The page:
For more information on nuisance calls, contact the Federal Trade Commission (FTC) and report phone scam calls to:

BBB Scam Tracker.

 Article provided by the Better Business Bureau

 

Top Stories
VIDEO & E-News: This Week in Palm Beach - July 13, 2018
Posted by R. Michael Brown
Published: Friday, 13 July 2018 11:10

Get the news that is important to you in This Week in Palm Beach. July 13, 2018 edition.

ThisWeekInPalmBeach20180713 600AwClick Here To See Original Full E-Newsletter

To subscribe to This Week in Palm Beach and receive it in your inbox,  CLICK HERE

Public Safety
UPDATE: Town Phone/Internet Lines Back in Service
Posted by R. Michael Brown
Published: Friday, 13 July 2018 08:04

The Town of Palm Beach has experienced a major communication outage, which is affecting Town phones and email. Staff is actively working with our internet service provider to resolve this temporary outage. 911 services are still operable but the non-emergency line is down.

A main ATT Line was accidentaly cut at Royal Palm Way and Cocoanut Row.  The town, residences, and businesses are impacted.

Deputy Town Manager Jay Boodheshwar and Charles Kapachinski, the town’s IT director, with town police and an AT&T representative, were on the scene at Royal Palm Way where the accidental cut happened. They estimated at about 3:30 p.m. Thursday that the problem could take 24 hours to repair.

The Town's website and alert system is still working.

Latest Info (Town of Palm Beach)

Top Stories
Council Approves $13.8 Million Rec Center in a 3-1 Vote
Posted by R. Michael Brown
Published: Thursday, 12 July 2018 13:24

By Michele Dargan, Special for the Civic Association  --  After four hours of sometimes contentious discussion, the Town Council on Tuesday awarded the construction contract for the new recreation center to Hedrick Brothers by a 3-1 vote.

The guaranteed maximum price for work performed by Hedrick Brothers Construction is $11.6 million with the overall project budget being $13.8 million.

Councilwoman Julie Araskog cast the dissenting vote. Council President Danielle Moore, Councilwoman Maggie Zeidman and Councilwoman Bobbie Lindsay voted in favor.

Councilman Lew Crampton recused himself from voting because he is president of the South Florida Science Center and Aquarium and Dale Hedrick, founder and president of Hedrick Brothers Construction, is on the board.

“Dale has nothing to do with my compensation,” Mr. Crampton said. “I’m confident I can vote on this without any bias. However, out of an abundance of caution, I’m going to recuse myself from this vote.”

The new Morton and Barbara Mandel Recreation Center will be funded by a private/public partnership with the Morton and Barbara Mandel Foundation, the Friends of Recreation and the town. They will split the total cost three ways, each paying $4.6 million.

The council ratified the amended Friends of Recreation (FOR) agreement to reflect their portion as being $4.6 million.

Michael Ainslie, vice-chairman of FOR, said the group has raised $4.6 million from more than 100 families in town. They have $2.6 million in cash and $1.8 million in pledges. Donations range from $750,000 to $1,000 per person or organization.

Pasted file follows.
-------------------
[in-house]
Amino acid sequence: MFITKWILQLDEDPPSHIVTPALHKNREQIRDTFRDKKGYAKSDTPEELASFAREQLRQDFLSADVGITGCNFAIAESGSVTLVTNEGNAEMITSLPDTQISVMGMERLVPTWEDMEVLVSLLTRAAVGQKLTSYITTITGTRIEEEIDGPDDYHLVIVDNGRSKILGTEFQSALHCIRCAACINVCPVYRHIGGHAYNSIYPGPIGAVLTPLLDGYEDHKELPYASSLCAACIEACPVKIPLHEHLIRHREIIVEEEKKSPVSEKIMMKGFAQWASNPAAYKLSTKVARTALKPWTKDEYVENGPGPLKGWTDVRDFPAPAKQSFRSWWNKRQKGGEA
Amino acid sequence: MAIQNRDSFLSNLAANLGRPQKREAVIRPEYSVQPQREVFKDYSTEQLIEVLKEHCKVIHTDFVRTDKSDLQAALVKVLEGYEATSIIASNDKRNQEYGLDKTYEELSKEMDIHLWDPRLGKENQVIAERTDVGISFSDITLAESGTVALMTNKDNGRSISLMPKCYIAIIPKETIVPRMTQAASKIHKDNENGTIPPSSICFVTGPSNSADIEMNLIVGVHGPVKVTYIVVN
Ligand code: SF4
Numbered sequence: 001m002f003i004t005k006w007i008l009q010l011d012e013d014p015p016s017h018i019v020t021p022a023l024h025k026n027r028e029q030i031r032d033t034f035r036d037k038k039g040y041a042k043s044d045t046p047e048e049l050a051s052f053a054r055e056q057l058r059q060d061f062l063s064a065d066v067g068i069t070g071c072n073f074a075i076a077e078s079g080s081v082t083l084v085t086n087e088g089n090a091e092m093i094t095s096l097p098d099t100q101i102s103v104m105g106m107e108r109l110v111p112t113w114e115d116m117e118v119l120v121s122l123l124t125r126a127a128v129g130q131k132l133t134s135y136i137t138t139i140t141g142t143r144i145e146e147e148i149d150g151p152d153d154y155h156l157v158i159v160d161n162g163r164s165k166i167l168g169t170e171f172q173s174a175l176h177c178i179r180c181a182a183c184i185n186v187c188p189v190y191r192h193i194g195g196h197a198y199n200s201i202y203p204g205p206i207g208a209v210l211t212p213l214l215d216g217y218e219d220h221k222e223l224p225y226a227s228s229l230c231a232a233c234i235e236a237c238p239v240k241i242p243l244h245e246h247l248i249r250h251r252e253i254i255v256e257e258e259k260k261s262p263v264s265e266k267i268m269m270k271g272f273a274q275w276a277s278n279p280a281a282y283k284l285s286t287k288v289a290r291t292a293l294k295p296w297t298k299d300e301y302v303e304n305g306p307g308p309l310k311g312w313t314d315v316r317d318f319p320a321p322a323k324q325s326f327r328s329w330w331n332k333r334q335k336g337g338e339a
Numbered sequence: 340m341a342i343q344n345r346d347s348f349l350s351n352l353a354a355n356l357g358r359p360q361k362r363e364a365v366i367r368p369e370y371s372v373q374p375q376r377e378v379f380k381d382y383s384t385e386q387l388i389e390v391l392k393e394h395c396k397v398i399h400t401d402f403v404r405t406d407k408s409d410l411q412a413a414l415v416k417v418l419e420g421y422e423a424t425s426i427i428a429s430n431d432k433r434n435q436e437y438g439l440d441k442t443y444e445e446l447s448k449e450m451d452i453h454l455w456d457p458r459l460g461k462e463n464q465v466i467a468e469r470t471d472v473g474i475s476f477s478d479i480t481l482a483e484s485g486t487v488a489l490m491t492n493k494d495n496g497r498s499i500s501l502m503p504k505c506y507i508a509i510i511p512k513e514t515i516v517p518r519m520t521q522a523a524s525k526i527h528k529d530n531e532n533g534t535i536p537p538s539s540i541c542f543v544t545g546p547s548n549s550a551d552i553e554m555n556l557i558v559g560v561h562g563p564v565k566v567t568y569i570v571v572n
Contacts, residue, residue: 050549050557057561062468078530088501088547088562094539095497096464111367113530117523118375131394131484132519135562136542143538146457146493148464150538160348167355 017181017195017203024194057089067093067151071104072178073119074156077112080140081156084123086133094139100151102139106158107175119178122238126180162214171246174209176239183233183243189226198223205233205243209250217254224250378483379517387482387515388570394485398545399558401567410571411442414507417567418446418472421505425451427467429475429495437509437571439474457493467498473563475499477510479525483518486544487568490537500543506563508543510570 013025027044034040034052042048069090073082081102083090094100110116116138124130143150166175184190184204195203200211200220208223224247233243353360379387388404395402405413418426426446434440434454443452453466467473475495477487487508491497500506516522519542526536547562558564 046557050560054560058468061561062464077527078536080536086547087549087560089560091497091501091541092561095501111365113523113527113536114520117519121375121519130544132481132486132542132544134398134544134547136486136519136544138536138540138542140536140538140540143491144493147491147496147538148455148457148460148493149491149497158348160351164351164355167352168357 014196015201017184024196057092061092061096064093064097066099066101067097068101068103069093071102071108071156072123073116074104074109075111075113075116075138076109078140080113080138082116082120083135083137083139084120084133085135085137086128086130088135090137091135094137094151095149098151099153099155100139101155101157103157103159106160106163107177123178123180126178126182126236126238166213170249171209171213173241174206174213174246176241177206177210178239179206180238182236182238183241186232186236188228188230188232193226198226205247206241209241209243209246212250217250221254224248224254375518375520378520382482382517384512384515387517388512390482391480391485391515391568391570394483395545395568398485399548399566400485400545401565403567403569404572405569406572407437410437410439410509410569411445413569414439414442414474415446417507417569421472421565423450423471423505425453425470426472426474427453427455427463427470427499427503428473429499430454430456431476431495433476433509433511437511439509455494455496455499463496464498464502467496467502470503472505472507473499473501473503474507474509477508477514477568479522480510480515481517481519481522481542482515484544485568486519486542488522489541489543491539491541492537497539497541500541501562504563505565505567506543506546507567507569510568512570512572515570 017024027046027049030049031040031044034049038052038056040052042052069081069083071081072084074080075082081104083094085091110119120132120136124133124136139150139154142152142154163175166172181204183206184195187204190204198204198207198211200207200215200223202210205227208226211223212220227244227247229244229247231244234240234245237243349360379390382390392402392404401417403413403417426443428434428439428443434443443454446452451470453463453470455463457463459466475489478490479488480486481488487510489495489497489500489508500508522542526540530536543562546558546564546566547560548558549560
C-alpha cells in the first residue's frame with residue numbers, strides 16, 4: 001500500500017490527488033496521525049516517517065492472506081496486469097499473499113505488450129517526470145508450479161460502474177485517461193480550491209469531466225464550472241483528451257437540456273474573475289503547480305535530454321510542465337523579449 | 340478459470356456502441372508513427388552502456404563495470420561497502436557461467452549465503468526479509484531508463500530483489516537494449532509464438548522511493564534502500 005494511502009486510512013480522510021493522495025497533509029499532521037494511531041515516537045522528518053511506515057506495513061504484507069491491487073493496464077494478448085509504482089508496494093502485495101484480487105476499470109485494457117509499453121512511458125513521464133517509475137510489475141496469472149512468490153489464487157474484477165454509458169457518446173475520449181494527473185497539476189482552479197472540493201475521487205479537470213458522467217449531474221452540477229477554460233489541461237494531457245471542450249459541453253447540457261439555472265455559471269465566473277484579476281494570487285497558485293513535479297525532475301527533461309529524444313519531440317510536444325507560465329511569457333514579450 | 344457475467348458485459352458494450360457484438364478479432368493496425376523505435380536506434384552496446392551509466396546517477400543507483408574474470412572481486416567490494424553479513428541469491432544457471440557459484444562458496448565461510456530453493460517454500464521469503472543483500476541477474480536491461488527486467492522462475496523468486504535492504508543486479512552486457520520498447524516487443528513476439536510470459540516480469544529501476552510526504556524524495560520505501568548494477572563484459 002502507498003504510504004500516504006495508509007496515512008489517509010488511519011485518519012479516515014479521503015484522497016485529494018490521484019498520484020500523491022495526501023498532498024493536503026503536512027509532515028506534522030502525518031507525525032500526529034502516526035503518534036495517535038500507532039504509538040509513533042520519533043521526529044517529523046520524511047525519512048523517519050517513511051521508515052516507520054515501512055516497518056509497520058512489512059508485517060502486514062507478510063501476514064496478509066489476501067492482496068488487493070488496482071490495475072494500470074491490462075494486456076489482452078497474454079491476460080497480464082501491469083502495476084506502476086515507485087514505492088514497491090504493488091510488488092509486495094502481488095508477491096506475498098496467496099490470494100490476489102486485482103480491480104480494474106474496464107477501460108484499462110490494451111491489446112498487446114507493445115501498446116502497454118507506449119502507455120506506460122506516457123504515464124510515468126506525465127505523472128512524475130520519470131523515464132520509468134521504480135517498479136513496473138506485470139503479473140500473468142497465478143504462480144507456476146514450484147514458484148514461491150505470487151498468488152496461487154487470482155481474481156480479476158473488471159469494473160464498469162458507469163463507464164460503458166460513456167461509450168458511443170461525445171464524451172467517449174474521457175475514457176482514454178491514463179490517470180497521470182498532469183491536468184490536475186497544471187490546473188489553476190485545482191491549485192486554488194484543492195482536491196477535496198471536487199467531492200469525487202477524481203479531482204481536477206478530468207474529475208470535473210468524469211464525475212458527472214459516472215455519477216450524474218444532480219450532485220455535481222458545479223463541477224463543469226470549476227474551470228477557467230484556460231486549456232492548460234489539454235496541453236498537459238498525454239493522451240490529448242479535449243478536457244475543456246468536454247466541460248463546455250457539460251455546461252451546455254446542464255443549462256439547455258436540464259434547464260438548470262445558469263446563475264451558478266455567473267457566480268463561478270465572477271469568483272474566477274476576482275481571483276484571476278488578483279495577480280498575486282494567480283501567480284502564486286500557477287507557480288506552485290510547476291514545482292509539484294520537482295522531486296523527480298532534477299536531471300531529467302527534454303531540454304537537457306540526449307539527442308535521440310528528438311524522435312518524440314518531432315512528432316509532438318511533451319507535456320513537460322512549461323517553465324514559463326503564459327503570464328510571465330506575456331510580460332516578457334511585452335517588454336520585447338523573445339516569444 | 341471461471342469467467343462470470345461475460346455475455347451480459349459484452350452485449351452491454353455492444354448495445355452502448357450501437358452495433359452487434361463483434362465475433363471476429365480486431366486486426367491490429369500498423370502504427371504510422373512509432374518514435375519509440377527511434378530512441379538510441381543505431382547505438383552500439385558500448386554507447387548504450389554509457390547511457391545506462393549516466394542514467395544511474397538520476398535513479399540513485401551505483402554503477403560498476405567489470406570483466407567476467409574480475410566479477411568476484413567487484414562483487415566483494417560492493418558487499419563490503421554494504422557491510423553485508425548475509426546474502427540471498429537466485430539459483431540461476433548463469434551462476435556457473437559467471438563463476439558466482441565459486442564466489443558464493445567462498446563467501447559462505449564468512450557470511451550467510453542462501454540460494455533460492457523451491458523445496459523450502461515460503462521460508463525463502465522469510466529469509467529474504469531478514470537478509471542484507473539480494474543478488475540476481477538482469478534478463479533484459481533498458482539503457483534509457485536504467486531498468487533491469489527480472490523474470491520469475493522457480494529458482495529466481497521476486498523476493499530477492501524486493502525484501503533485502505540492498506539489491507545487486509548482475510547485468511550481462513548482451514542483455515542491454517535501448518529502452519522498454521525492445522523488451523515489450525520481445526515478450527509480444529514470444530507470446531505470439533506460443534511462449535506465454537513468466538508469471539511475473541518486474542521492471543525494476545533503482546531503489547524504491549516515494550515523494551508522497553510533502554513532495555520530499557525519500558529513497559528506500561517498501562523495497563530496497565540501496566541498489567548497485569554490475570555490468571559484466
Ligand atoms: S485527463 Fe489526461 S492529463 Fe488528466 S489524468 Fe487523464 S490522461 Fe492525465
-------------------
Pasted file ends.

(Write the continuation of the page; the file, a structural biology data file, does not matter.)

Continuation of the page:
Mr. Ainslie noted that, if passed, the project would be two-thirds funded by private donations of $9.2 million, making it an historic day.

“Palm Beach will be the envy of towns across America, seeing its citizens so committed to its future well-being,” Mr. Ainslie said. “To raise $4.6 million before a shovel has turned is stunning.”

At last month’s council meeting, Ms. Araskog said she wasn’t comfortable approving the project without having all the pledges from FOR on hand or having some type of legal assurance that would secure the pledges.

Mr. Ainslie said they will have all of the $4.6 million in their account at Northern Trust Bank by Wednesday, because they have borrowed the money up front for the donor pledges. The interest per month on that loan is about $8,000 to $9,000 a month, he said.

“We thank you and should give you extra credit for what you’ve done for this project,” Mr. Crampton said.

Mr. Ainslie thanked a list of people and businesses who have helped FOR along the way, including FOR Chairman Matthew Smith and the Mandels.

“Deputy Town Manager Jay Boodheshwar outlined the scope of work that Hedrick Brothers will perform, including: the demolition and reconstruction of the recreation center, the multi-purpose field, the playground, the outdoor basketball court, the elimination of the tennis pavilion structure, a new playground pavilion structure, a new tennis hitting wall, an entry arch and renovations to the tennis pro shop and maintenance storage building.”

The project would increase the building footprint from 11,000 square feet to 15,000 square feet, Mr. Boodheshwar said.

“Our guaranteed price includes everything,” Mr. Hedrick said. “If we don’t spend the money, you get it back.”

Over the course of the four-hour meeting, Ms. Araskog voiced concerns that included the size and scope of the project and that the council hasn’t worked as well with the residents as it could have. She was also concerned about the project coming up for approval during the summer months when many residents are gone and that the plans are not going to ARCOM before getting approval from the Town Council.

Paul Castro, zoning administrator, said that – ultimately – the Town Council has the final decision.

Ms. Araskog also wanted to receive confirmation that the full amount of $4.6 million was FOR’s bank account on Wednesday.